LiMo Aims to Ride High in 2009


The dark horse in the rash of new mobile operating systems, or at least the OS that has gotten the least publicity to date, is the open source entrant emerging from the LiMO Foundation. That is about to change. The Foundation has announced that Verizon Wireless-and several important European players -- NTT DoCoMo, Orange, SK Telecom and Telefnica will release LiMo-based phones this year.


PC Magazine provides a good description of what LiMo is. The focus is what the writer calls a "loose association of mobile-phone carriers and manufacturers to create a blueprint for low end phones." On top of that basic building block, customization-creation of a Verizon-branded phone, for instance-takes place. This interpretation suggests that LiMo is not in direct competition with Android, the iPhone and other snazzy smartphone platforms.


Another LiMo-related move was made today. The Open Mobile Terminal Platform (OMTP) released version 1.0 of BONDI. The release says that BONDI focuses on creating a consistent way for Web applications to access functionality on any handset. Simultaneously with the announcement, the OMTP said that the LiMo Foundation has endorsed BONDI and expects that it will be supported in handsets based on the operating system. OMTP also said that Opera Software has joined the group.


There is quite a bit of real-world work to be done after a framework is devised in the lab and before manufacturers can use it to create their tools. A good deal of this work is done by systems integrators. Last week, Telematics Update reported that the LiMo Foundation announced that it has chosen Wind River for this role. The firm, which is on the LiMo board, will help create LiMo tools, testing, integration and other services. The Foundation's executive director is quoted in the release to the effect that the hope is that Wind River's efforts will reduce the fragmentation that is always a problem in Linux adoption cycles. Wind River also will work on the process by which software is submitted for inclusion in LiMo.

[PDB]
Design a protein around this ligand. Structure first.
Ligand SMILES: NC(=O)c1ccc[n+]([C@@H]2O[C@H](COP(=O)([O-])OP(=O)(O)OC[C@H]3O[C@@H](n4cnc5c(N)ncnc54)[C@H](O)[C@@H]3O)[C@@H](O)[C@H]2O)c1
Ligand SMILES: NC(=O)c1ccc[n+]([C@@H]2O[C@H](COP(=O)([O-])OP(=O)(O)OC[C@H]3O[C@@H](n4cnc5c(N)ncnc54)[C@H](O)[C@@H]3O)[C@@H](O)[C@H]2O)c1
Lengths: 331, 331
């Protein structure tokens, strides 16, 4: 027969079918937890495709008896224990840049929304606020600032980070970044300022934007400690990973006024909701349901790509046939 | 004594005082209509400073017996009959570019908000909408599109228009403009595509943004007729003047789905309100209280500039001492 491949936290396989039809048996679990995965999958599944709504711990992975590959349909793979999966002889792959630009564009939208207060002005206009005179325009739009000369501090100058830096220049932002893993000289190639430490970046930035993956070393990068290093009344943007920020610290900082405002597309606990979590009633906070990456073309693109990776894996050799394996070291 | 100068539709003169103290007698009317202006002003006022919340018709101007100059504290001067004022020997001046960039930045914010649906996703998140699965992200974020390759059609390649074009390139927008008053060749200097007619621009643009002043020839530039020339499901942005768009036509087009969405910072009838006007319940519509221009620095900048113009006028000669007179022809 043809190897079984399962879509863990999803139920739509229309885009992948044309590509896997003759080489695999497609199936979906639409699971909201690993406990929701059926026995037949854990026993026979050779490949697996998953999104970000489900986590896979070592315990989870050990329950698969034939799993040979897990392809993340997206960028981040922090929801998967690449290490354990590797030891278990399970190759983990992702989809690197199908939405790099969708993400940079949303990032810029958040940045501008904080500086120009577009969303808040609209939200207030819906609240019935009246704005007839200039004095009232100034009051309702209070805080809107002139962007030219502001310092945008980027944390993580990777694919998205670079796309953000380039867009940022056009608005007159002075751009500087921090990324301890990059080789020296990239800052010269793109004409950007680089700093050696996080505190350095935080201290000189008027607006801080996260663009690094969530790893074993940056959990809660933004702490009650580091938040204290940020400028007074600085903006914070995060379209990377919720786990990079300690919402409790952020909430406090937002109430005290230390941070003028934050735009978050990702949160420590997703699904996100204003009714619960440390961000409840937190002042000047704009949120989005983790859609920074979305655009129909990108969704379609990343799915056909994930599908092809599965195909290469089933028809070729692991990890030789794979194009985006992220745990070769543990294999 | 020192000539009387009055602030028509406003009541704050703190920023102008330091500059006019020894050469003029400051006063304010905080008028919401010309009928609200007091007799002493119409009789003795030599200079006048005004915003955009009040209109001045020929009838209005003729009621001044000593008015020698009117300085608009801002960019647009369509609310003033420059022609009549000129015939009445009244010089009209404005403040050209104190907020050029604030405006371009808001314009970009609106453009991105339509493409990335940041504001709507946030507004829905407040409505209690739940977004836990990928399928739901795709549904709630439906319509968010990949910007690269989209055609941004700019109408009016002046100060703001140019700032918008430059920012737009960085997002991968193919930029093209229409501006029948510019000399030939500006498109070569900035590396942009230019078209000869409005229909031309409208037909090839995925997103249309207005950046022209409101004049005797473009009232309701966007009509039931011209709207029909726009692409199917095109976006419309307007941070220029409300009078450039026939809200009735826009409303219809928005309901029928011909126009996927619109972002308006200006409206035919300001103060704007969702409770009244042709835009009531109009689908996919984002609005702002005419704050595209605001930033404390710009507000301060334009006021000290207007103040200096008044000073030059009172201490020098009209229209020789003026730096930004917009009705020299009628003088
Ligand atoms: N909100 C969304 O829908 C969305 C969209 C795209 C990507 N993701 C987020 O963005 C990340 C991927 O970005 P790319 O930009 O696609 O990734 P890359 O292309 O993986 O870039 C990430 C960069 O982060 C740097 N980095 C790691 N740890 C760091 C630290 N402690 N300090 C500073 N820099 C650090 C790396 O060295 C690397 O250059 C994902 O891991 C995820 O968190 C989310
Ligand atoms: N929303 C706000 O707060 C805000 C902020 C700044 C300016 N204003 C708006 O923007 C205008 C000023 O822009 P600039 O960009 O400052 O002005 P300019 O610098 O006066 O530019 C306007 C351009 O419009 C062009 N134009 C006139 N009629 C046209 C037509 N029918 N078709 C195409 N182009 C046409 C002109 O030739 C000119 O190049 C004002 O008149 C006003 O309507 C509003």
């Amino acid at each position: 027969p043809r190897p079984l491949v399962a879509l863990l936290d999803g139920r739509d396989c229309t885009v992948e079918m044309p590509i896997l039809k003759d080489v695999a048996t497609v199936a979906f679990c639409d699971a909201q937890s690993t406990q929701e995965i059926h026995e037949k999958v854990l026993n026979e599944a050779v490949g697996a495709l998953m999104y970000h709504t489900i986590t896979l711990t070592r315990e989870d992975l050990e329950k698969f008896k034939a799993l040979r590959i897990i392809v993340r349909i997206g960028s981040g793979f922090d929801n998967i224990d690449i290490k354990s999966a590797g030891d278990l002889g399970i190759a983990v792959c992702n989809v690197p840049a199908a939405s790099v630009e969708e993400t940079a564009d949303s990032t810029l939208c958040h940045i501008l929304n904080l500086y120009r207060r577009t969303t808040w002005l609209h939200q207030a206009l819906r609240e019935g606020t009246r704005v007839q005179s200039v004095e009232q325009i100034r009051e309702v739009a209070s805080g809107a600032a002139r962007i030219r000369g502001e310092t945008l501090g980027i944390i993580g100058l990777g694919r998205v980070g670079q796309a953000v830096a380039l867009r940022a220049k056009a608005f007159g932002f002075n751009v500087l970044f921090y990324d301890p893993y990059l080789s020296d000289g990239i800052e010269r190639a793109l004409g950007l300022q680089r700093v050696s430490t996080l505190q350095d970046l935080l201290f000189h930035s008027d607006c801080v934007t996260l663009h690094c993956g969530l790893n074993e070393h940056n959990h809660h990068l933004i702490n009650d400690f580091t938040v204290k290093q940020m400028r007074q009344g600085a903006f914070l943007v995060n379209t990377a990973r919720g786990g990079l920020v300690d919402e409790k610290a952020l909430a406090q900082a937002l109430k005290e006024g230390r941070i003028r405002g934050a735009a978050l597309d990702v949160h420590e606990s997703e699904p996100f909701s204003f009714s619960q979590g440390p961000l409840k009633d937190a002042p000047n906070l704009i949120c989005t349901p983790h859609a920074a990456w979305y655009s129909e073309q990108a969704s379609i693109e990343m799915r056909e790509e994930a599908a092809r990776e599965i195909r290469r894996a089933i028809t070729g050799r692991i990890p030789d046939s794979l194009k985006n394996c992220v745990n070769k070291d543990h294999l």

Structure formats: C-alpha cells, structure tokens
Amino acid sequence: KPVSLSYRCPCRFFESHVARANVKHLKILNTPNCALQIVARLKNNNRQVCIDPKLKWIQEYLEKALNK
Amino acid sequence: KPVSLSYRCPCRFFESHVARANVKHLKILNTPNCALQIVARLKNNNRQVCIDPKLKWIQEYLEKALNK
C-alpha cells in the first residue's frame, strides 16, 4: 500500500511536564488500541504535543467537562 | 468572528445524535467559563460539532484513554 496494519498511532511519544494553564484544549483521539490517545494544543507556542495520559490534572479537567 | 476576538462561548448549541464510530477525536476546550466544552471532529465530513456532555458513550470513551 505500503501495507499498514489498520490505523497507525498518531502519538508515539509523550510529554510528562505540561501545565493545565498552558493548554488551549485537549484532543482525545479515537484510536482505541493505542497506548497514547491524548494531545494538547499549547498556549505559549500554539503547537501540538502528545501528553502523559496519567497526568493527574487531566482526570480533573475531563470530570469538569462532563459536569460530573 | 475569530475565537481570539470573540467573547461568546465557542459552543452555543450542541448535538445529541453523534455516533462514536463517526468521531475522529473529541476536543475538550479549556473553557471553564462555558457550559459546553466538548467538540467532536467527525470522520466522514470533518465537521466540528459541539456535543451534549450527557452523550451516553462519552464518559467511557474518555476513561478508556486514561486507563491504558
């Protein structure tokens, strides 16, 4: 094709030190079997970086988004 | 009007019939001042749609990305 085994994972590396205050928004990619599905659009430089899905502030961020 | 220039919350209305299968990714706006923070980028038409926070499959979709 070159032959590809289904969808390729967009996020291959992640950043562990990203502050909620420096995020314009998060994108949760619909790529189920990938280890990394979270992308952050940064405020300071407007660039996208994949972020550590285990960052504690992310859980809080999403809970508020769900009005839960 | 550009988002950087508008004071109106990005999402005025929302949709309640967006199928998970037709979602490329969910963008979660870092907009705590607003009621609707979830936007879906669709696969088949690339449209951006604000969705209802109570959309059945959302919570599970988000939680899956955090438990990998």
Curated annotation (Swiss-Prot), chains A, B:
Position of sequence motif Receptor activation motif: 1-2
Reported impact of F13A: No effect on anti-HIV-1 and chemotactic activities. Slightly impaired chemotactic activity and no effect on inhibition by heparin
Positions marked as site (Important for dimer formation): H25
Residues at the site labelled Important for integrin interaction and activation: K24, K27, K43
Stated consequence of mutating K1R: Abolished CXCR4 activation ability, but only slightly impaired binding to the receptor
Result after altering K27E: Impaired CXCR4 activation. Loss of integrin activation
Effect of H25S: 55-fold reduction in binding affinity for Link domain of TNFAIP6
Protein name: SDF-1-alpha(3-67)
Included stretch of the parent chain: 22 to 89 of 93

There also are devices reaching the public. At the Mobile World Congress 2009 next week in Barcelona, NEC is displaying phones that are LiMo-certified. The models are the docomo PRIME series N-01A, the docomo STYLE series N-02A, the docomo STYLE series N-03A and the docomo SMART series N-04A. NEC is the leading provider of handsets to Japanese operators, according to the press release.


Though the PC Magazine piece put Android and LiMo in different categories-the former a smartphone OS, the latter aimed at more basic devices-Rethink Wireless places the two platforms in direct competition. The news is that Vodafone has signed a deal with Azingo to develop applications for the mobile carrier's platform. The commentary in the story suggests that developers may find LiMo to be a richer and more mature platform. An interesting note is that the LiMo Foundation has 48 members and is in 15 handsets.


The precise comparison between LiMo and the other operating systems is less important than the reality that the operating system, which has not gotten quite as much publicity during the past year as Android and the iPhone, clearly aims to make people notice in 2009.